Are eCommerce shoppers less price sensitive?
The conventional belief is that online shoppers are wealthier and so are more forgiving of the additional fees (delivery, etc.) associated with online shopping. Indeed, dunnhumby’s latest eCommerce RPI finds no relation between the price pillar and a retailer’s online performance. But does this mean online shoppers are less price sensitive, or simply that price falls further down the hierarchy of needs? Data from dunnhumby’s Customer Trends Tracker suggests the latter...
The Consumer Trends Tracker includes nearly 90 individual retailers, which have been allocated into 9 channels for the purpose of reporting trends. This shows the % of shoppers that have engaged with each channel, either in-store or online. The channels with the highest relative eCommerce penetration are Mass, Convenience and Drug stores. The channels with the lowest are Dollar stores and Discounters.
Mission & Category View
So what types of shopping trips do customers take online? The charts included show that while in-store is still the dominant channel for all missions, the proportions do differ. Non-food focused trips are the least common in-store, but the most common online (large and small baskets). Currently, eCommerce caters less well for the On-the-go trip and this is reflected as the least common mission online.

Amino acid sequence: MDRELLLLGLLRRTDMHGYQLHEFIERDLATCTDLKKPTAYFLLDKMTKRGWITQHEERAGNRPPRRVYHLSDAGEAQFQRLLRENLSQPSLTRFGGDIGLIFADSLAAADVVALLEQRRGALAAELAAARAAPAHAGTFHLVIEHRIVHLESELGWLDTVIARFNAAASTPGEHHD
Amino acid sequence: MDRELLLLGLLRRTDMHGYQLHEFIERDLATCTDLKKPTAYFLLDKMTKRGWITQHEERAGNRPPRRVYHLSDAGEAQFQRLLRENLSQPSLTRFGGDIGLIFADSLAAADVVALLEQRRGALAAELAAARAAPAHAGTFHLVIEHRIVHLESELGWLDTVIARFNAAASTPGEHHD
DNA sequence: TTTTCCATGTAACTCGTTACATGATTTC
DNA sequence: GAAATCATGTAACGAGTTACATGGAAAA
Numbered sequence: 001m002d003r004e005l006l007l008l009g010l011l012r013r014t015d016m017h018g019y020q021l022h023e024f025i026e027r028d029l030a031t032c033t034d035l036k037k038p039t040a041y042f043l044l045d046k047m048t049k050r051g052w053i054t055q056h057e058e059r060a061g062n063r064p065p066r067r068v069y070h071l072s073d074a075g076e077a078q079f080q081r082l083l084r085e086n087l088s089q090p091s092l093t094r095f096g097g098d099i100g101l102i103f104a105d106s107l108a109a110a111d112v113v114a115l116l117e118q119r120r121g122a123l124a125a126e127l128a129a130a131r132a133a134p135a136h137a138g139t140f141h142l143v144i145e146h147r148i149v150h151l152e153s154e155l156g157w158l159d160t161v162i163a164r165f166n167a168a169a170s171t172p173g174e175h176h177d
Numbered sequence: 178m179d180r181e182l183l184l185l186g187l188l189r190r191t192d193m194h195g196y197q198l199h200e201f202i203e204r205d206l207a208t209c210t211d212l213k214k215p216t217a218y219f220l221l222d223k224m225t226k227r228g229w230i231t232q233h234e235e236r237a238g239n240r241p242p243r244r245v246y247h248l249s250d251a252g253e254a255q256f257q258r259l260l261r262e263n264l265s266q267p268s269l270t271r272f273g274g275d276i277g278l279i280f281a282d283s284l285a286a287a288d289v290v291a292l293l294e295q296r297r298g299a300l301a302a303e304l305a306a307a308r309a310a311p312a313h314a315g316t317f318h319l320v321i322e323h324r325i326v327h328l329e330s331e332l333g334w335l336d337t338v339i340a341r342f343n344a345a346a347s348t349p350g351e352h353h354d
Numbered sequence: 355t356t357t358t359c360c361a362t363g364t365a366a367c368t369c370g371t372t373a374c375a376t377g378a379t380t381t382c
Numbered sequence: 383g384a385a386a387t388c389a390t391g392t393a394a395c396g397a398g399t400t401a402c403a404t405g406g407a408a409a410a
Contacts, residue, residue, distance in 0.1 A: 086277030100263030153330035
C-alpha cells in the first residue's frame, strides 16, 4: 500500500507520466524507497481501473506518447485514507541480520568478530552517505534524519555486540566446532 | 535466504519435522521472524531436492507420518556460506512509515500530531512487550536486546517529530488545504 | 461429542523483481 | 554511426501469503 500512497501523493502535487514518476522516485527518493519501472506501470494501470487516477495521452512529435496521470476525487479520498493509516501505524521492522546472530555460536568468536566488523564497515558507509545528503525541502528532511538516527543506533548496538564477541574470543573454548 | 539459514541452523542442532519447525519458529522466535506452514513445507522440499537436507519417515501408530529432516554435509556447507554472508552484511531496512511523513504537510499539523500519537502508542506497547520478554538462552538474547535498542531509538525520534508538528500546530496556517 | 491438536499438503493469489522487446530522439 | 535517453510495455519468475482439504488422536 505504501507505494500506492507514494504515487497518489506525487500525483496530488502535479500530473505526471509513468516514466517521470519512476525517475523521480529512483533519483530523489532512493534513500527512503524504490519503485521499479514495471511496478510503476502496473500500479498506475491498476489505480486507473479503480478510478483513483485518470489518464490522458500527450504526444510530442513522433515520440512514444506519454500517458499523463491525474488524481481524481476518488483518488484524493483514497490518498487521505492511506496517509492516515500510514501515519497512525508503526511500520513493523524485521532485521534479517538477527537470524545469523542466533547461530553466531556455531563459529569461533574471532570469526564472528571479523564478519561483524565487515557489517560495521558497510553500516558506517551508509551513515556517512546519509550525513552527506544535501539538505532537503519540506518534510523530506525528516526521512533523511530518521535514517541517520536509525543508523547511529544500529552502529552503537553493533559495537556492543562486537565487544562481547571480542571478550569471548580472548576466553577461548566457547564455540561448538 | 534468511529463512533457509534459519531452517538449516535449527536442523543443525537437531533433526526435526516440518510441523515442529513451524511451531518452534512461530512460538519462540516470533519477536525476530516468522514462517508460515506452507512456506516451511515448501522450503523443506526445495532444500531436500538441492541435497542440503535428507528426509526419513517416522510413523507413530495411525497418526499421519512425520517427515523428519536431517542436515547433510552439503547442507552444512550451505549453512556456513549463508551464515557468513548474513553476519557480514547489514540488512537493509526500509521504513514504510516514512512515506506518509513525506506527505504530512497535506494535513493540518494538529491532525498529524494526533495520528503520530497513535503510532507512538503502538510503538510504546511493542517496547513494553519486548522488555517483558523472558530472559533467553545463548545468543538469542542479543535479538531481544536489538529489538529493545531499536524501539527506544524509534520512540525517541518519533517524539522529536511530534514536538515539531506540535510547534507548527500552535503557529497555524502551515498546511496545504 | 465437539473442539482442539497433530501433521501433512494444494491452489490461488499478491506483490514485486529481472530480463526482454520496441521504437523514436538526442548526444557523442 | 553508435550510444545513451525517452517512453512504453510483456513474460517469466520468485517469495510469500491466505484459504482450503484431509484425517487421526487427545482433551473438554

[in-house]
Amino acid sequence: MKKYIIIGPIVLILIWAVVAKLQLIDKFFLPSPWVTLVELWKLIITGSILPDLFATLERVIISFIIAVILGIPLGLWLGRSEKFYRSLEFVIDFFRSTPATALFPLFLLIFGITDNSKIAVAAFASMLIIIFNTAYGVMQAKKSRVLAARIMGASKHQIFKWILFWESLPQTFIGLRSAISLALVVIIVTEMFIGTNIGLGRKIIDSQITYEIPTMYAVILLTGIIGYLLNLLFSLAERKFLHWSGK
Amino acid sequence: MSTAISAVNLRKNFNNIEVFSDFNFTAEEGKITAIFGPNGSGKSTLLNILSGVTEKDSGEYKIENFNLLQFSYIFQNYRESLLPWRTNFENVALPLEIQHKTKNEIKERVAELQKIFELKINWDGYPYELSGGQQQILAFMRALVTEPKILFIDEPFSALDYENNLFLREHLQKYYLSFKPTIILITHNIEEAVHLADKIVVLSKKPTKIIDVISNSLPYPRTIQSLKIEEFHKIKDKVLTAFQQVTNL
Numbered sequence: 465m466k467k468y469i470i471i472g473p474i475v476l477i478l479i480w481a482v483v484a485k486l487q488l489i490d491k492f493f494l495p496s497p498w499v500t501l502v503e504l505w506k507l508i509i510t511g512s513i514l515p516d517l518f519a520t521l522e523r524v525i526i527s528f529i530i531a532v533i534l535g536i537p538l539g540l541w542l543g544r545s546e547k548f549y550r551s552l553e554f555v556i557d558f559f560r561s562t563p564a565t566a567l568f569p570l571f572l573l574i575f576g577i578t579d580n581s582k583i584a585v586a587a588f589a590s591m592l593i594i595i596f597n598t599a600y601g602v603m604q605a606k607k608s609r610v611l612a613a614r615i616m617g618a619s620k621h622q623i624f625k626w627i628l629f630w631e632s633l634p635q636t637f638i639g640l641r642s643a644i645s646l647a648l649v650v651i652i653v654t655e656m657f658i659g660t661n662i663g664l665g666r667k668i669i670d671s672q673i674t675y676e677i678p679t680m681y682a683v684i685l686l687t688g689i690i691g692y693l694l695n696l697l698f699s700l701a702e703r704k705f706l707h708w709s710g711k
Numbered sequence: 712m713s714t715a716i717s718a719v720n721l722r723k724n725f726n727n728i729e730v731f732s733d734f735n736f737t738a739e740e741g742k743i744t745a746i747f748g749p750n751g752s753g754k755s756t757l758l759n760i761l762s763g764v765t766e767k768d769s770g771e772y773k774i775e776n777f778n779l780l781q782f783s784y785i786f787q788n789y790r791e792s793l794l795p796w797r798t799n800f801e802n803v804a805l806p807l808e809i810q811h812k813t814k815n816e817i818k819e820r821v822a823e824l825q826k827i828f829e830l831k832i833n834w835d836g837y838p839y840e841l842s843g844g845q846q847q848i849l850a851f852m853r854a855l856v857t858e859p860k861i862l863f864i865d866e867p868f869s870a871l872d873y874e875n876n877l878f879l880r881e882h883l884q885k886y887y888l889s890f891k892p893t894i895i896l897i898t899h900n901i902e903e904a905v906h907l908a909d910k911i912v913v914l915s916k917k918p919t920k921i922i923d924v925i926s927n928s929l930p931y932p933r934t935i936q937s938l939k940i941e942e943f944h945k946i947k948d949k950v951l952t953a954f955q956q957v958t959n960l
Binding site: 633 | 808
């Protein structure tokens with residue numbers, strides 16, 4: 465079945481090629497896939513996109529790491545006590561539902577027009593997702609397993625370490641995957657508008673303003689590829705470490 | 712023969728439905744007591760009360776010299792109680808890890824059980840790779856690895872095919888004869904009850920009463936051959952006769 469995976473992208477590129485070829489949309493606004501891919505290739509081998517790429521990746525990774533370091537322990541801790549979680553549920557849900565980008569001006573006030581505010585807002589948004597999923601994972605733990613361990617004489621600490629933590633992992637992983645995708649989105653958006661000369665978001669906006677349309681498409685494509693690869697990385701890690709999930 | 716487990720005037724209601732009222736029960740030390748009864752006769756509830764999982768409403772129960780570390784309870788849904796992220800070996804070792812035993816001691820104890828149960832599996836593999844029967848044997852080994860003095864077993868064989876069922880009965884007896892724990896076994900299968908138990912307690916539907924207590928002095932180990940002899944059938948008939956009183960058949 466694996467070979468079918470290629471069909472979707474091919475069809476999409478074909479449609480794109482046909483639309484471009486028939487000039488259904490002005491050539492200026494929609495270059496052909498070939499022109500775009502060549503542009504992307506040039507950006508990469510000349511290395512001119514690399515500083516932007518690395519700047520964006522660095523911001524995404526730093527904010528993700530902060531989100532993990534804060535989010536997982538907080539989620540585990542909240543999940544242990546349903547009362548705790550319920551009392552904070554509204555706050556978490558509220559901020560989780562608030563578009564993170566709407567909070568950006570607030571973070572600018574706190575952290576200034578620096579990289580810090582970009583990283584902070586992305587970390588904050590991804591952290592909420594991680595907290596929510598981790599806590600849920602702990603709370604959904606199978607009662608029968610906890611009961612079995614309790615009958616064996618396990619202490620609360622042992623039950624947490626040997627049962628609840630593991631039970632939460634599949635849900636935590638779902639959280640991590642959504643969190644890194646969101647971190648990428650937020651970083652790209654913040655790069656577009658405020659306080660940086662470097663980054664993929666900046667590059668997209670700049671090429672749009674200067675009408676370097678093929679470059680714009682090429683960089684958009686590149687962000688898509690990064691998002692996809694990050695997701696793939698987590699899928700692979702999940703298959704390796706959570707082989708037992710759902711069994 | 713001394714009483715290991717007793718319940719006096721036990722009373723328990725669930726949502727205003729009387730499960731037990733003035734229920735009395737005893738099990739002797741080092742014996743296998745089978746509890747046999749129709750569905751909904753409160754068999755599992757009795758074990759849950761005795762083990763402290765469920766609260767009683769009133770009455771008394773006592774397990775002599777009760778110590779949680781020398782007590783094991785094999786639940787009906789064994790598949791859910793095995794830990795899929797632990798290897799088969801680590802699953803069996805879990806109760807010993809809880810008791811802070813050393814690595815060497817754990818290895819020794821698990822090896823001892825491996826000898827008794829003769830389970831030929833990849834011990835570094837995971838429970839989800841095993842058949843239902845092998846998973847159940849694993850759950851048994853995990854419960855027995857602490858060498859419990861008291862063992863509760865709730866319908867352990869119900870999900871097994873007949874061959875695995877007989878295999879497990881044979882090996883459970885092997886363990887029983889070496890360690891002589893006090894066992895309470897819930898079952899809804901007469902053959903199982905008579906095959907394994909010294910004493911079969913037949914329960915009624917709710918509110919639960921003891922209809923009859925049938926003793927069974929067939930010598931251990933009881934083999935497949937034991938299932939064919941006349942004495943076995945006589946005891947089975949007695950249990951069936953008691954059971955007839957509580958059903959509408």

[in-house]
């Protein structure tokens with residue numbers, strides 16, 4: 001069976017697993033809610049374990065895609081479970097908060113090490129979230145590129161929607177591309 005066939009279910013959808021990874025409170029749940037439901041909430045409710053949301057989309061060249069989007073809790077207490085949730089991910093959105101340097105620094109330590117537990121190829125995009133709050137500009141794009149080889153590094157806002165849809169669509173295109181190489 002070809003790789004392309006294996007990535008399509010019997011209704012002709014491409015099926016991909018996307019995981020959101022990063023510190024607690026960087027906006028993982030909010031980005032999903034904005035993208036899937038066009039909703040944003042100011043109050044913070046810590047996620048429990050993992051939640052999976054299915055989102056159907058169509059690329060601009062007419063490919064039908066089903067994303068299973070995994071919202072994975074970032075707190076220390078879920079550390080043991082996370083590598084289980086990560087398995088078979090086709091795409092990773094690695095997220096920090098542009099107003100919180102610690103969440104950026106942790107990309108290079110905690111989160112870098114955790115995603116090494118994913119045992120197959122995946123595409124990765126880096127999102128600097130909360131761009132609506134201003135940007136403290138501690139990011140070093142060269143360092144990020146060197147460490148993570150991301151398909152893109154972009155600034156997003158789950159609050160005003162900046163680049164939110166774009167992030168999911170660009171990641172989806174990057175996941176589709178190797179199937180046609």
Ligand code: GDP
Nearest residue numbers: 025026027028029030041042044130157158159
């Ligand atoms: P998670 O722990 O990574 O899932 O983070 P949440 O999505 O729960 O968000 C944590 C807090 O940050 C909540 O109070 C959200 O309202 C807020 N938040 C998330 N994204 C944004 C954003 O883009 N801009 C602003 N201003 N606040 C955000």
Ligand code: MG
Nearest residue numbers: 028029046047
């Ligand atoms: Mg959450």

The Wider Influence of eCommerce
eCommerce is constantly evolving and as a greater proportion of the population adopts technology, so its influence grows beyond just purchase. Almost 1 in 5 current in-store only shoppers interact with a store’s app. They use it predominately to browse the weekly ad/circular, check their rewards/points/coupons available, and plan their shop/shopping list. Just as apps are becoming more seamlessly integrated into our lives, so too are new routes to potential customers through channels such as quick commerce. Grocery delivery in under 30 minutes is a popular concept among existing online shoppers, but interestingly also appeals to 1 in 4 of our sample who currently only shop in-store. It seems that if online grocery retail can remove some of the major hurdles that exist today e.g. delivery wait times, its influence is only set to expand.
This article provides top-line context to the eCommerce shopper and how they interact with different channels. As we collect future waves of data, customer insights will be trended over time, not just relating to eCommerce, but for all nine areas mentioned in the introduction. Next quarter’s feature article will be on another ever-pressing topic. Stay tuned!
1Food security question replicated from the USDA’s Food Security Survey (AD1) and asked within dunnhumby’s Consumer Trends Tracker
2Unexpected expense question replicated from the Federal Reserve’s Survey of Household Economics and Decisionmaking (SHED) and asked within dunnhumby’s Consumer Trends Tracker